Others includes; financial relief on airport and Air Traffic Control (ATC) charges and taxes reduction, waiver or deferral of government-imposed taxes and fees and foreign exchange availability.

“As the aviation industry looks to restart, it is important that key regional players like Nigeria are ready and able. Aviation is a strategic pillar for social and economic development.

“Supporting aviation now will mean that Nigeria’s economy can pick up from where it stopped and drive forward,” Albakri said.

The Federal Government Appeal

Recently, the federal government has appealed for social dialogue between the employers and the employees in the sector in a bid to prevent loss of jobs.

The Minister of Labour and Employment, Dr. Chris Ngige in a statement, signed by the Deputy Director, Press and Public Relations in the ministry, Mr. Charles Akpan,  in Abuja during a reconciliatory meeting with airline operators and the trade unions in the aviation industry to discuss contentious issues, especially pay cut and laying off of workers, made the appeal.

Ngige appealed to them to collaborate with the federal government to endeavour there were no job losses in the sector.
He explained that the cardinal principle of the federal government is to prevent any kind of job losses.

“The government on its part will honour its obligation to the industry by providing palliatives in the form of tax reduction, tax exemption, and elimination of Customs duties on aircraft spares and logistics.

“The Central Bank of Nigeria will also provide (a) stimulus package to encourage the operators in the industry,” Ngige said.

He, however, lauded the efforts of the airline operators, like; Air Peace and Bristow Helicopters, which showed concerns and kept on paying the salaries and allowances of their staff during the Covid-19 epidemic era.

Ngige appealed to the operators to allow their employees exercise their right to unionisation as Section 40 of Nigerian Constitution guaranteed that.

According to him; “we encourage the airline operators to allow members of staff who desire to go into unions to do so, as belonging to unions is a voluntary thing.

“Obstructing them from doing so, is to curtail their fundamental rights as enshrined in our Constitution”.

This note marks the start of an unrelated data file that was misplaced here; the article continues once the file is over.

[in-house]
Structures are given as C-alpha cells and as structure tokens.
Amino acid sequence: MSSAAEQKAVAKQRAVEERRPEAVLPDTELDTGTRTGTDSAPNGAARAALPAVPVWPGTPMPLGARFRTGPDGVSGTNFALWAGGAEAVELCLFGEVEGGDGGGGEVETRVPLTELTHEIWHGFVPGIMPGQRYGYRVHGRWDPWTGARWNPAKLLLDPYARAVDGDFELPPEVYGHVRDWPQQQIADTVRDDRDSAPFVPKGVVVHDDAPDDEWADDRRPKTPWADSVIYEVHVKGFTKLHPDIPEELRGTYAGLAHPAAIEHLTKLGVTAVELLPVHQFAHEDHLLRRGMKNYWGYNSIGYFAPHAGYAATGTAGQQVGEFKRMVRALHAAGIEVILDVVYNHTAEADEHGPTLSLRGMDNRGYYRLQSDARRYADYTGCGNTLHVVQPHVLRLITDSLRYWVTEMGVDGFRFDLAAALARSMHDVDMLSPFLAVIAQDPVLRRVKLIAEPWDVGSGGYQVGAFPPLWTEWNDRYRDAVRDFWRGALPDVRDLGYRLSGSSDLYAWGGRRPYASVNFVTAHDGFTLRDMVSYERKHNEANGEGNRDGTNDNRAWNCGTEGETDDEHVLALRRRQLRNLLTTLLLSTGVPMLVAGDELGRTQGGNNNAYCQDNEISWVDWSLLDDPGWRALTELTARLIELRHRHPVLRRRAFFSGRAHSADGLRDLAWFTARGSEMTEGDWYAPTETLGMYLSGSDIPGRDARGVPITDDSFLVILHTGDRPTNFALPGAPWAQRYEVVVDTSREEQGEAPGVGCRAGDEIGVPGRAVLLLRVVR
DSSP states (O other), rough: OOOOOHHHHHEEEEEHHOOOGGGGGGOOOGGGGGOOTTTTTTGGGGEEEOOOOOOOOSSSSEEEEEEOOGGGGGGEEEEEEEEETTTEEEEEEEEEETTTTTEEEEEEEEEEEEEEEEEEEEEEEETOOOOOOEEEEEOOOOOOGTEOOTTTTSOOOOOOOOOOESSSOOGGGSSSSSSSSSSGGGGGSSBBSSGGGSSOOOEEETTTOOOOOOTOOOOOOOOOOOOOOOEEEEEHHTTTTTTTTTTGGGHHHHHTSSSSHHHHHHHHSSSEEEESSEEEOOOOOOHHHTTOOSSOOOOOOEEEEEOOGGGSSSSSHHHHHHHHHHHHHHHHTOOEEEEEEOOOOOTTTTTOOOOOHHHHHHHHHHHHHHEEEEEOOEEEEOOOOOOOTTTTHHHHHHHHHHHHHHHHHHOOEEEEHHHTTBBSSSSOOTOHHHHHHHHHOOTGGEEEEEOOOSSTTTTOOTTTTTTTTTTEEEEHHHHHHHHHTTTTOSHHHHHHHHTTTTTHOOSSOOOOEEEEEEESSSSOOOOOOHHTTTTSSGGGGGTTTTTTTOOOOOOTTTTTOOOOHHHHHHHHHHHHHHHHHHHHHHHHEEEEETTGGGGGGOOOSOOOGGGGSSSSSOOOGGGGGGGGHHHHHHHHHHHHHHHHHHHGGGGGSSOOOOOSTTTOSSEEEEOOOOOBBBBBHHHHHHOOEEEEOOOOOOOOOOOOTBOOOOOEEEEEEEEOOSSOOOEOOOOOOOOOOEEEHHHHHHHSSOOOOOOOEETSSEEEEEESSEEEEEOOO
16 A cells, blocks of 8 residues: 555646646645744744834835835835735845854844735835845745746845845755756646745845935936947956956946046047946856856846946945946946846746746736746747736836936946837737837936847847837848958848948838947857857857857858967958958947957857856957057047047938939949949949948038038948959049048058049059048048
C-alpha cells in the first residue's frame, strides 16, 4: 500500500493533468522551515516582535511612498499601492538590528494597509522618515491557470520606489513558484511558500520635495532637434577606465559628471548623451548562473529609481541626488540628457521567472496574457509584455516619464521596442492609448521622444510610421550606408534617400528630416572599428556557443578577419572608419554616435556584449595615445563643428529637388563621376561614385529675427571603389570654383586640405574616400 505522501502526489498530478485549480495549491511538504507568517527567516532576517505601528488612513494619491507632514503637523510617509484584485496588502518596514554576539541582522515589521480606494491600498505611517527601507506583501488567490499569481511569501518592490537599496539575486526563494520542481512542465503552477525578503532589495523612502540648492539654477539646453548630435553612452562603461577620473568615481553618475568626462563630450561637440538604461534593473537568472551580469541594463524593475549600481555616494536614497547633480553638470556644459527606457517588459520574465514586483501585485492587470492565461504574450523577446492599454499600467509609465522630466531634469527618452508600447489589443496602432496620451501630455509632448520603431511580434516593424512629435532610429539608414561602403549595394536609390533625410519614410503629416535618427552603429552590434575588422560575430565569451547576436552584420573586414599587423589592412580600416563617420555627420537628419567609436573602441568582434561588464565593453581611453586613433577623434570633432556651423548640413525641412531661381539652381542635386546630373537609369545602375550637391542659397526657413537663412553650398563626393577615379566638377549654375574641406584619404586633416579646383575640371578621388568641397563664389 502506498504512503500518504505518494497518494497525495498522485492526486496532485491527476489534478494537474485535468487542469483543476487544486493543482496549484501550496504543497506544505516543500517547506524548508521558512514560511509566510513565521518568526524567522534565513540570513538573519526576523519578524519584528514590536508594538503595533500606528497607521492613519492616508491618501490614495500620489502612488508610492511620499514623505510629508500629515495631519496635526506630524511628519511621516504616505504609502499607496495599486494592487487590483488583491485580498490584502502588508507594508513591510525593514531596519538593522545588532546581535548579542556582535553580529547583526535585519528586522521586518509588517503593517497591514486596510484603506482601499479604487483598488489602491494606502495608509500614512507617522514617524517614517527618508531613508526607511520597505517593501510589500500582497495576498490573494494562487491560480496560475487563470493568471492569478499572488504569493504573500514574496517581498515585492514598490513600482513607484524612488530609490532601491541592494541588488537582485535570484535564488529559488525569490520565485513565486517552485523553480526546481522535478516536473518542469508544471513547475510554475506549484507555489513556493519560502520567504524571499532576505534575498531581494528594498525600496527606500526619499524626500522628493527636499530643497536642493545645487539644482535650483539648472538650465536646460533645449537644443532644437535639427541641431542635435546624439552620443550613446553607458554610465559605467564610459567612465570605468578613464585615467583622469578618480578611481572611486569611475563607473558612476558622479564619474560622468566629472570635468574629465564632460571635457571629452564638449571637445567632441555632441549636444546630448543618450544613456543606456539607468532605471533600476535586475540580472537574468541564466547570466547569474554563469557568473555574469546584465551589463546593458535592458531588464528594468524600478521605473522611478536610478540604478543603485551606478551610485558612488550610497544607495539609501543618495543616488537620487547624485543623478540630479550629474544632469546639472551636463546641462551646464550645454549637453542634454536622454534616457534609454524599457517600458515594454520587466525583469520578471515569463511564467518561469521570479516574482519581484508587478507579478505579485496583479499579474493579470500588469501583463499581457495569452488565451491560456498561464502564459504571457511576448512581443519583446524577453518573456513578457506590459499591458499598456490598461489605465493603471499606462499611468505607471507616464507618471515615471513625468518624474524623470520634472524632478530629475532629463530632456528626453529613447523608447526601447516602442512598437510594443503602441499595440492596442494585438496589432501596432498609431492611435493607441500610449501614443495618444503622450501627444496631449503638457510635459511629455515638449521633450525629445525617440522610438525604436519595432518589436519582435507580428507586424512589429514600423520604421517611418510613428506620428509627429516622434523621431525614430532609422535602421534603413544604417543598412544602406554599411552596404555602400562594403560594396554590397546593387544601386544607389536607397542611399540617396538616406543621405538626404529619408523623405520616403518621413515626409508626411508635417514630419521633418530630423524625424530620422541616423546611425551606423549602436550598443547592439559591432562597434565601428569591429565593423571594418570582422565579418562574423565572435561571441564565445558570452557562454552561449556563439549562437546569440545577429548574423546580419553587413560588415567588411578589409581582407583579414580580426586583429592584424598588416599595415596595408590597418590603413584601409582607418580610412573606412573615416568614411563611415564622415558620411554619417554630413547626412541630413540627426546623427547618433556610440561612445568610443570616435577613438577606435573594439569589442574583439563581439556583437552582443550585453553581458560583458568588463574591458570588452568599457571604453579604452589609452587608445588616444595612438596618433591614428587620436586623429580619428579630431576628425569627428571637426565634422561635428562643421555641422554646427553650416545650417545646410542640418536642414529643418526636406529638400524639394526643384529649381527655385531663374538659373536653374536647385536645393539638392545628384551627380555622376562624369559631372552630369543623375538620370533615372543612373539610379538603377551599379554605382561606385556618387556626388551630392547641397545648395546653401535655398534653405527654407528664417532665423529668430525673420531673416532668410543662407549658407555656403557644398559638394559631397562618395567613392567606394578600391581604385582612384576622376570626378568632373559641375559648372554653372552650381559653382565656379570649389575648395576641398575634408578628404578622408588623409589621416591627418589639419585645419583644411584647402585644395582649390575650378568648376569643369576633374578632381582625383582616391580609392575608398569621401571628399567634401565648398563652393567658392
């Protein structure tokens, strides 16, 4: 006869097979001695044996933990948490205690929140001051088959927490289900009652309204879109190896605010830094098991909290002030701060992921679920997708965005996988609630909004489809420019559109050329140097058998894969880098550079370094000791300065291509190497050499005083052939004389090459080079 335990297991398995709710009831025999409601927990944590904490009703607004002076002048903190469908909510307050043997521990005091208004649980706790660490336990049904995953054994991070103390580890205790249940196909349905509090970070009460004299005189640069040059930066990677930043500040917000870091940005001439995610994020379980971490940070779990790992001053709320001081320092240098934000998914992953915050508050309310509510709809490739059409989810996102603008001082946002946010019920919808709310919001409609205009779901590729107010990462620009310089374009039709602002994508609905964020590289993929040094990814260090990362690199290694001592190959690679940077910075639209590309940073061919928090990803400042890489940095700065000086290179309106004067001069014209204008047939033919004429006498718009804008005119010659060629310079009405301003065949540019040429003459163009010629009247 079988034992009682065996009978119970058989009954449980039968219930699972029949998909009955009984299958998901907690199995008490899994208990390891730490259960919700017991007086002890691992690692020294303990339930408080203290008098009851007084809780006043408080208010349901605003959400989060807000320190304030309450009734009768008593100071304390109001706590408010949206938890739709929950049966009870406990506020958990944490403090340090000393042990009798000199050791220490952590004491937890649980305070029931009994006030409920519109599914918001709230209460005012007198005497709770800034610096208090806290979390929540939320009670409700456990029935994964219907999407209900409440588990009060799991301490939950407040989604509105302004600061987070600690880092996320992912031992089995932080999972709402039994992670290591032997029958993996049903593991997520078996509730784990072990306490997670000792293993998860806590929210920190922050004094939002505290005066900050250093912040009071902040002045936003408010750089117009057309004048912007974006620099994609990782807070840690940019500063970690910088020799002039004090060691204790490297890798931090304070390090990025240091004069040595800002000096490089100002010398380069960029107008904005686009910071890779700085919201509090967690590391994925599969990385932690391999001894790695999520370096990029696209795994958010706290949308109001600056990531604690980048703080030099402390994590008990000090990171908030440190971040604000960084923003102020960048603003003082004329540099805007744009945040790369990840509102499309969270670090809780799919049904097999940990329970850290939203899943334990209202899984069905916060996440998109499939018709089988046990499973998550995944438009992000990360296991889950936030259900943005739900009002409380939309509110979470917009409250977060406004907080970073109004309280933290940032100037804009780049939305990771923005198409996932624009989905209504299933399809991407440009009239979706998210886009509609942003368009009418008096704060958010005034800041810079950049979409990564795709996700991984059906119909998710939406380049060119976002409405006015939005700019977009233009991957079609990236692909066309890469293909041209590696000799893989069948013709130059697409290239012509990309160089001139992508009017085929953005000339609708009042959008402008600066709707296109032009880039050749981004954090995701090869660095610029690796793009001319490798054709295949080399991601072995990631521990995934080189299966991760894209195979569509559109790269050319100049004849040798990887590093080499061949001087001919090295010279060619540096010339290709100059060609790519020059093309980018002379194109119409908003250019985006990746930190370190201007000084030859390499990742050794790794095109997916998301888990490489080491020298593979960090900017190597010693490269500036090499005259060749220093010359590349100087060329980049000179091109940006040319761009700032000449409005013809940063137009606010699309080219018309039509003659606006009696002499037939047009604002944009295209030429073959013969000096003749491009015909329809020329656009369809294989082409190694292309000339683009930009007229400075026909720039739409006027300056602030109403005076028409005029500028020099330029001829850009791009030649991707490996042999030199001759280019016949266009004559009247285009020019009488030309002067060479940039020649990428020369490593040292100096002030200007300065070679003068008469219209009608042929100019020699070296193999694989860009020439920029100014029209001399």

He further explained that the management of Air Peace, the Minister of Aviation and the trade unions had already signed a memorandum of understanding that Air Peace would dialogue with their workers on the re-absorption of some of the sacked pilots and engineers.

Ngige buttressed that those who had already got employment elsewhere would be allowed to go peacefully with their entitlements.

He, however, used the opportunity to urge the unions in Turkish Airlines to forward, in writing, their complaints about victimisation of officers in the unions to the Minister of Aviation, and copy the Federal Ministry of Labour and Employment.

He also stated that on Bristow Helicopters, 90 – 95 per cent of the issues had already been solved through social dialoguing.

“We understand the plight of the employers, being that the volume of work in that organisation has dwindled, from 50 aircraft business to an all-time low of 12 aircraft.

“We appeal to both management and workers to dialogue with human face in order to save jobs,” he said.

Ngige maintained that the thrust of the social dialogues was to save jobs, so that even the management could also consider reduction in the number of people slated for redundancy.

He also noted that even if redundancy must occur, it should be done under the ambit of Nigerian law on redundancy.

On the unilateral pay cut by Arik Air, as well as the disagreement on terminal benefits for workers, Ngige mandated the management of the airline to engage the employees on social dialogue and come up with a mutually agreed remunerations.

© 2021, maritimemag. All rights reserved.